People charged with DUI in Connecticut are often under many misconceptions about the law and the process itself. There is a lot of misinformation on the internet about DUI and generally everyone knows someone who’s been previously charged with DUI. The problem is people often get their information about DUI from the wrong sources. These people need to consult with an experienced Connecticut DUI defense lawyer to get the proper information and dispel the following misconceptions.
It’s Only Motor Vehicle Offense so it’s not that Serious
Connecticut law used to look at DUI as a motor vehicle violation. However, today it is actually a criminal offense. If you get convicted, you’ll have a permanent criminal record and you’ll have to say you’ve been convicted of a crime. A first conviction in Connecticut is a misdemeanor. A second or third conviction in Connecticut is a felony.
People are Often Mistaken what it means to “Operate” a Motor Vehicle Under Connecticut’s DUI Statute
If I only had a dollar for every time someone has told me, “Nobody saw me driving” or “I wasn’t even driving…” Connecticut’s DUI law does not even require driving let alone require a witness to your driving. Connecticut’s DUI law requires only that a person “operate” a vehicle. Under Connecticut law, a person does not need to drive or even start a vehicle to operate it. It is enough that a person has taken the first step to manipulate the motive functions of the vehicle. This can be merely inserting the key into the car’s ignition or being in control of a remote key fob while in a position to start the vehicle. Additionally, operation of a motor vehicle does not have to be proven through direct evidence; e.g. Officer Blue testifies that he saw Al Cohol drive a car. It can be proven by circumstantial evidence; e.g. Officer Blue locates an abandoned car driven off the road, then sees Al Cohol, the registered owner of the car stumbling down the street 100 feet from where the car went of the road, and infers that Al Cohol was the operator of the car.
People Don’t Always Understand Blood Alcohol Concentration “BAC”
BAC is a scientific concept and can sometimes be difficult to understand. Alcohol affects individuals differently. Things like weight, stomach contents, sex, and some have even said race can alter one’s blood alcohol concentration. Some people may have medical conditions that cause them to metabolize alcohol at a much slower rate than the “normal person.” This may cause you to have a much higher BAC than someone who drank the same amount as you but does not have the same medical condition. It is not enough to show that your BAC is elevated by factors in addition to alcohol consumption. You’d have to show that the medication or medical condition created a false positive on the breath machine which is difficult to do with the newer, more advanced machines. Breathalyzers assume that you are the “normal person” and as a result have built-in margins of error.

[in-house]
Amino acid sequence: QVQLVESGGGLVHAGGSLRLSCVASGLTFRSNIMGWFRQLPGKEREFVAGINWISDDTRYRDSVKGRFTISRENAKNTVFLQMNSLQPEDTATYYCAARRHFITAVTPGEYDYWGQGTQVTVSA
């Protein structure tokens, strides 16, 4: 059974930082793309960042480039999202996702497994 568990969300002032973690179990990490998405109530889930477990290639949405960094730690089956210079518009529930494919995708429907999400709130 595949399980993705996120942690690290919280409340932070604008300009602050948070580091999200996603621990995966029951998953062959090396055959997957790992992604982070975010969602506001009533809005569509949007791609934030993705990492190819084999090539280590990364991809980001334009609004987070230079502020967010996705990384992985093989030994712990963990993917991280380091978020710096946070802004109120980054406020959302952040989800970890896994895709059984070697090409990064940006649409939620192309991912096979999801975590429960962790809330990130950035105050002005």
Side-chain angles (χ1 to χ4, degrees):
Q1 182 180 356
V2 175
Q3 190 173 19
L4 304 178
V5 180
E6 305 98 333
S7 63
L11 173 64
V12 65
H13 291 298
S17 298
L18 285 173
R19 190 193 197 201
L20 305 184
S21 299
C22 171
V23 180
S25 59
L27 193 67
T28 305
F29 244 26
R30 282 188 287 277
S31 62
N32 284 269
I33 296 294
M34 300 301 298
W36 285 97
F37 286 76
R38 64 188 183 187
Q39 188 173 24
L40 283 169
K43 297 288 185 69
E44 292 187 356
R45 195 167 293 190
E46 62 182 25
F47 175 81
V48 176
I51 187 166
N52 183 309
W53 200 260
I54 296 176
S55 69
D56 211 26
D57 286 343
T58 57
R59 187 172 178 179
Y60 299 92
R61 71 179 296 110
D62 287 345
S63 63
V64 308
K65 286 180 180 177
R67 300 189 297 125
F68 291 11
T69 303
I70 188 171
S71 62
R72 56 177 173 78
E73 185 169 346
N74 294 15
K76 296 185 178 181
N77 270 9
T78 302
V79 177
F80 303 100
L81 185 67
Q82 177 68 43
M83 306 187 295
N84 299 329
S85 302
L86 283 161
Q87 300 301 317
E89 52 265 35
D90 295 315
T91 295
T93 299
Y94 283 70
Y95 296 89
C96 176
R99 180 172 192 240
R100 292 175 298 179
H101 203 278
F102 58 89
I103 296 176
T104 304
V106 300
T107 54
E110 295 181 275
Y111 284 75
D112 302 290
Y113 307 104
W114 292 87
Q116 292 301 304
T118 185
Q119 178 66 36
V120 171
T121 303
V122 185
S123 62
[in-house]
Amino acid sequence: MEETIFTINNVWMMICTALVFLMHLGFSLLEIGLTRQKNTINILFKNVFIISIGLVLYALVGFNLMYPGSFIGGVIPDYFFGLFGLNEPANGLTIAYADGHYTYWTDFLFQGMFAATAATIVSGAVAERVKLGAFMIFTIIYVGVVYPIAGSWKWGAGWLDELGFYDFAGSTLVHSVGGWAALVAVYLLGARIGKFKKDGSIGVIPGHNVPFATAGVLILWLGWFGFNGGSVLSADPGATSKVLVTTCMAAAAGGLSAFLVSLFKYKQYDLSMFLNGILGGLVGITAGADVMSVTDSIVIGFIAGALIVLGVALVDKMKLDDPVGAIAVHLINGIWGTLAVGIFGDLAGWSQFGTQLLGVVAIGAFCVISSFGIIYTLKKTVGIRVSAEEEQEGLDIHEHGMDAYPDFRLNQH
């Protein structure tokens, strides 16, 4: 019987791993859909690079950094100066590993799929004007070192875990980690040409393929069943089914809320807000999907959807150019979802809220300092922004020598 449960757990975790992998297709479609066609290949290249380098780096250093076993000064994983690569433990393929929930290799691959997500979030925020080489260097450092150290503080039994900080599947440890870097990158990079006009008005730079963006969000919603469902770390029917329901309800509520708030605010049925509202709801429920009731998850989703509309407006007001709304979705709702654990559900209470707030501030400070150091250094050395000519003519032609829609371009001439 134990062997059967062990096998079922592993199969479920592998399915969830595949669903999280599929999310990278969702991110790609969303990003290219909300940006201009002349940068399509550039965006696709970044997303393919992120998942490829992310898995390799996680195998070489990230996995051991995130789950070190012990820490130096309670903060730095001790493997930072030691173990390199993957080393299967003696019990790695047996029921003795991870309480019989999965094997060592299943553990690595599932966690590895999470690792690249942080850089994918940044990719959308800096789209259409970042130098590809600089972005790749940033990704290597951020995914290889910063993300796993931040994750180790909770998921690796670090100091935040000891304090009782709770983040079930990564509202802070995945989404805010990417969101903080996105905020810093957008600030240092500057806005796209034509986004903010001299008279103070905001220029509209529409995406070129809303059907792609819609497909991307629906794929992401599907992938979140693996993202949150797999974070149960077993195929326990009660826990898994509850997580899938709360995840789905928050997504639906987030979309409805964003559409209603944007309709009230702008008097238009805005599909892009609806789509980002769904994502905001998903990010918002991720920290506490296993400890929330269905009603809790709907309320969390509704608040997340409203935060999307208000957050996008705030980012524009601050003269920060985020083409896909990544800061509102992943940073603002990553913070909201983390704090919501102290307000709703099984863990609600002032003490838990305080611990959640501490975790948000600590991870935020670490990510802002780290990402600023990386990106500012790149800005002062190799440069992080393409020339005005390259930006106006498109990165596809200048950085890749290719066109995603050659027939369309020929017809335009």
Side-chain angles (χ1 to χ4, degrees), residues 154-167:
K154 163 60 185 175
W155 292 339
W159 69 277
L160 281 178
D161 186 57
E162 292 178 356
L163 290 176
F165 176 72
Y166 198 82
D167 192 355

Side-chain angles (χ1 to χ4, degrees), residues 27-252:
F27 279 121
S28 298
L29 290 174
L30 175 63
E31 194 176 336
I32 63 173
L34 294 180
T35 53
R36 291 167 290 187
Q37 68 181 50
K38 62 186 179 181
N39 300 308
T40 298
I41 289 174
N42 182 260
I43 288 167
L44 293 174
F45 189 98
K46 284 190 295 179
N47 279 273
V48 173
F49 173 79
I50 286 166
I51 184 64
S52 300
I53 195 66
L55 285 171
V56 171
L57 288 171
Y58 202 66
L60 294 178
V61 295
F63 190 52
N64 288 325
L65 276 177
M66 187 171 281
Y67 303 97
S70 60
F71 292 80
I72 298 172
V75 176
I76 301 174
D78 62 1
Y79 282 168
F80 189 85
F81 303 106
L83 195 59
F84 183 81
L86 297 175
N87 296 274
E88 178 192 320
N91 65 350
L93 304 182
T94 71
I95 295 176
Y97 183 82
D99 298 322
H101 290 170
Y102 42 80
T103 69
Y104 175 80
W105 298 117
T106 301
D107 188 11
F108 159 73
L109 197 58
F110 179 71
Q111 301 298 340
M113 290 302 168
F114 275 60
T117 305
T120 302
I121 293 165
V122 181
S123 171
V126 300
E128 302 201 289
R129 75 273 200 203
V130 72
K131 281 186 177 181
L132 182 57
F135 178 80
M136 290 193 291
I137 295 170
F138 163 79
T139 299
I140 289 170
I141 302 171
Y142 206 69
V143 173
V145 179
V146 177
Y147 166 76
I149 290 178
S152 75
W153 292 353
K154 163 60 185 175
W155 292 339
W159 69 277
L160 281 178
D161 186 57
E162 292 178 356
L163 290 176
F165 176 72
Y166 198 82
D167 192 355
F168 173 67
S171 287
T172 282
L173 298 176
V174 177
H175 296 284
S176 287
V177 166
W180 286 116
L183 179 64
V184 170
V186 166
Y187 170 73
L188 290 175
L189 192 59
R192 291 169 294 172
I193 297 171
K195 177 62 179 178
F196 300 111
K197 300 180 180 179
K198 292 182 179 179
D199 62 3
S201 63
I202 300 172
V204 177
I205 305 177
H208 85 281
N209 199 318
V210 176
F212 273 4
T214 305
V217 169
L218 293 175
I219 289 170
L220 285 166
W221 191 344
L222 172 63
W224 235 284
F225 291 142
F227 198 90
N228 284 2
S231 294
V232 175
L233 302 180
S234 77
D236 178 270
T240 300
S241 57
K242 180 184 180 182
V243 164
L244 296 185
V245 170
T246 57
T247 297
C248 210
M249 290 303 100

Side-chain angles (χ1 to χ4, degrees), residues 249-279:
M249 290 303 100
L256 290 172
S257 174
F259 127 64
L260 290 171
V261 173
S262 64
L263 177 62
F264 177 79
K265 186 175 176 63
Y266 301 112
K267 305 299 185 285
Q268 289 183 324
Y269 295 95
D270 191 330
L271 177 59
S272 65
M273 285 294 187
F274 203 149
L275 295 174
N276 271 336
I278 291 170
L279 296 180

People Are Commonly Mistaken about the Penalties for Multiple DUI Charges
I think that when people come in to see a lawyer, there can be a few factors about the charge that they are confused or misinformed about. Many times, one of the misconceptions is when you hear, “I work with a man, and he had five DUIs, and he never saw a day in jail. Here, this is only my second DUI, and you’re saying the prosecutor wants me to go to jail.” People often say I “had” or “got” a DUI, but the proper terminology here is “convicted” or “conviction.” A “conviction” means that you pled guilty in court or were found guilty after a trial by a judge or a jury. A person may have been changed with 5 DUIs in his or her life, but never had a single conviction. Conversely, a person may have only been charged with DUI a single time in his or her life, but was unfortunate enough to have been convicted. That first person with 5 prior DUIs is likely eligible to have his or her current charge dismissed while that second person with the single previous DUI is now facing a felony DUI with mandatory jail time if convicted.
If facing Connecticut DUI charges, it is important you enlist the legal guidance of a DUI defense attorney immediately.
If you are charged with a DUI, contact our Connecticut DUI attorneys at The Sills Law Firm to discuss your legal options. Our firm is not afraid to challenge police reports or witness testimonies on your behalf.
The Sills Law Firm defends Connecticut criminal cases statewide and maintains offices in Hartford and Waterbury. In addition to Hartford and Waterbury, the Firm regularly appears in the following courts: Stamford, Danbury, Derby, Meriden, Middletown, Manchester, Enfield, New Britain, Torrington, Rockville, Milford, Bridgeport, and New Haven.
Contact us at (866) 971-8410 or fill out our online form to schedule a FREE consultation.